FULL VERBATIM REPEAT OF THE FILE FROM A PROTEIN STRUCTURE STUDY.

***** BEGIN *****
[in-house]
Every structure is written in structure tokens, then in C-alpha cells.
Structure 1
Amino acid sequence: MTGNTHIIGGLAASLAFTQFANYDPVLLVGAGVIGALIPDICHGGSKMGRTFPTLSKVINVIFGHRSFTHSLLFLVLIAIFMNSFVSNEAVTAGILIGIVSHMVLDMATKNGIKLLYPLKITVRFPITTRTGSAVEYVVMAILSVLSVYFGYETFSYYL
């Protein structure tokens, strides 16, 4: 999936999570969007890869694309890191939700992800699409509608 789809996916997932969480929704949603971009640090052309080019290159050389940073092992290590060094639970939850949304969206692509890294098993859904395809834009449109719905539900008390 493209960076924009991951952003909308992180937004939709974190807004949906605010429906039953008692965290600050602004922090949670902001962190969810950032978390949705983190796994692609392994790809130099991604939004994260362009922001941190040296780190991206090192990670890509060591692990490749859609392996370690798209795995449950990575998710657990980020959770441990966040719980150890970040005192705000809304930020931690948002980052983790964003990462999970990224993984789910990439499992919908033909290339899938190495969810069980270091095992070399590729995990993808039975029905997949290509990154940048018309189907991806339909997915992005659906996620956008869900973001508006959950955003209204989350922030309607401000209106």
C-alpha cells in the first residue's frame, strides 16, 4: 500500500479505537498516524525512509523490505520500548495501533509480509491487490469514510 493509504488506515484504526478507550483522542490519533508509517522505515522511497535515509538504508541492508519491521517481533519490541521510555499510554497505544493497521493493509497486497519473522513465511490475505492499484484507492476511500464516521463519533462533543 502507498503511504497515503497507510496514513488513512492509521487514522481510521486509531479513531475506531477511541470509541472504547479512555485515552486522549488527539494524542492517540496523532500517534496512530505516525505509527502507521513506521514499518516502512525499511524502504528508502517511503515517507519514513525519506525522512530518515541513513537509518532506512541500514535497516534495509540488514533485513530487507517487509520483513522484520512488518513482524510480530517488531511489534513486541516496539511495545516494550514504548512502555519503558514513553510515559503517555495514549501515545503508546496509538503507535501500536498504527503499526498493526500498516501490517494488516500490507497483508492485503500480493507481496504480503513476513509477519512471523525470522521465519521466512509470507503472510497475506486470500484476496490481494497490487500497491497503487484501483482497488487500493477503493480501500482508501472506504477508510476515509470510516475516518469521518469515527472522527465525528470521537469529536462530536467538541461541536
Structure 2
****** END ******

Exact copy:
[in-house]
Every structure is written in structure tokens, then in C-alpha cells.
Structure 1
Amino acid sequence: MTGNTHIIGGLAASLAFTQFANYDPVLLVGAGVIGALIPDICHGGSKMGRTFPTLSKVINVIFGHRSFTHSLLFLVLIAIFMNSFVSNEAVTAGILIGIVSHMVLDMATKNGIKLLYPLKITVRFPITTRTGSAVEYVVMAILSVLSVYFGYETFSYYL
């Protein structure tokens, strides 16, 4: 999936999570969007890869694309890191939700992800699409509608 789809996916997932969480929704949603971009640090052309080019290159050389940073092992290590060094639970939850949304969206692509890294098993859904395809834009449109719905539900008390 493209960076924009991951952003909308992180937004939709974190807004949906605010429906039953008692965290600050602004922090949670902001962190969810950032978390949705983190796994692609392994790809130099991604939004994260362009922001941190040296780190991206090192990670890509060591692990490749859609392996370690798209795995449950990575998710657990980020959770441990966040719980150890970040005192705000809304930020931690948002980052983790964003990462999970990224993984789910990439499992919908033909290339899938190495969810069980270091095992070399590729995990993808039975029905997949290509990154940048018309189907991806339909997915992005659906996620956008869900973001508006959950955003209204989350922030309607401000209106």
C-alpha cells in the first residue's frame, strides 16, 4: 500500500479505537498516524525512509523490505520500548495501533509480509491487490469514510 493509504488506515484504526478507550483522542490519533508509517522505515522511497535515509538504508541492508519491521517481533519490541521510555499510554497505544493497521493493509497486497519473522513465511490475505492499484484507492476511500464516521463519533462533543 502507498503511504497515503497507510496514513488513512492509521487514522481510521486509531479513531475506531477511541470509541472504547479512555485515552486522549488527539494524542492517540496523532500517534496512530505516525505509527502507521513506521514499518516502512525499511524502504528508502517511503515517507519514513525519506525522512530518515541513513537509518532506512541500514535497516534495509540488514533485513530487507517487509520483513522484520512488518513482524510480530517488531511489534513486541516496539511495545516494550514504548512502555519503558514513553510515559503517555495514549501515545503508546496509538503507535501500536498504527503499526498493526500498516501490517494488516500490507497483508492485503500480493507481496504480503513476513509477519512471523525470522521465519521466512509470507503472510497475506486470500484476496490481494497490487500497491497503487484501483482497488487500493477503493480501500482508501472506504477508510476515509470510516475516518469521518469515527472522527465525528470521537469529536462530536467538541461541536
Structure 2